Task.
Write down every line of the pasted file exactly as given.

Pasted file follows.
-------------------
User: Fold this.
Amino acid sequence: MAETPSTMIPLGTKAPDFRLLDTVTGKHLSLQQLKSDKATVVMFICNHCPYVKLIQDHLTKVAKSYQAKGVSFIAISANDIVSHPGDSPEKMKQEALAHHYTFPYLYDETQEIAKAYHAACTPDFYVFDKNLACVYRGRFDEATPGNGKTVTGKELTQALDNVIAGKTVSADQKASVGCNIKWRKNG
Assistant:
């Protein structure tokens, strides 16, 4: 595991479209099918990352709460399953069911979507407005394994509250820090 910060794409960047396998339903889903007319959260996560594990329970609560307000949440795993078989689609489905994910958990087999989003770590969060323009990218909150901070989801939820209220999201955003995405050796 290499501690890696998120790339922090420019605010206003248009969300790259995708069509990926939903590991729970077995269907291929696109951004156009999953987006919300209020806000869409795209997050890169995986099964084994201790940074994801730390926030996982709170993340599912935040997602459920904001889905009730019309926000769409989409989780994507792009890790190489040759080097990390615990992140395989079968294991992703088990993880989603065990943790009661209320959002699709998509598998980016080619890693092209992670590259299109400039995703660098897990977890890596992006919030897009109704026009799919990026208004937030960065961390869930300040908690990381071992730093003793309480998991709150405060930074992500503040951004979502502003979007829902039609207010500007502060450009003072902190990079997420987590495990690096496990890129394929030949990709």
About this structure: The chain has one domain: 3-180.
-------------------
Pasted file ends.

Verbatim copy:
User: Fold this.
Amino acid sequence: MAETPSTMIPLGTKAPDFRLLDTVTGKHLSLQQLKSDKATVVMFICNHCPYVKLIQDHLTKVAKSYQAKGVSFIAISANDIVSHPGDSPEKMKQEALAHHYTFPYLYDETQEIAKAYHAACTPDFYVFDKNLACVYRGRFDEATPGNGKTVTGKELTQALDNVIAGKTVSADQKASVGCNIKWRKNG
Assistant:
């Protein structure tokens, strides 16, 4: 595991479209099918990352709460399953069911979507407005394994509250820090 910060794409960047396998339903889903007319959260996560594990329970609560307000949440795993078989689609489905994910958990087999989003770590969060323009990218909150901070989801939820209220999201955003995405050796 290499501690890696998120790339922090420019605010206003248009969300790259995708069509990926939903590991729970077995269907291929696109951004156009999953987006919300209020806000869409795209997050890169995986099964084994201790940074994801730390926030996982709170993340599912935040997602459920904001889905009730019309926000769409989409989780994507792009890790190489040759080097990390615990992140395989079968294991992703088990993880989603065990943790009661209320959002699709998509598998980016080619890693092209992670590259299109400039995703660098897990977890890596992006919030897009109704026009799919990026208004937030960065961390869930300040908690990381071992730093003793309480998991709150405060930074992500503040951004979502502003979007829902039609207010500007502060450009003072902190990079997420987590495990690096496990890129394929030949990709």
About this structure: The chain has one domain: 3-180.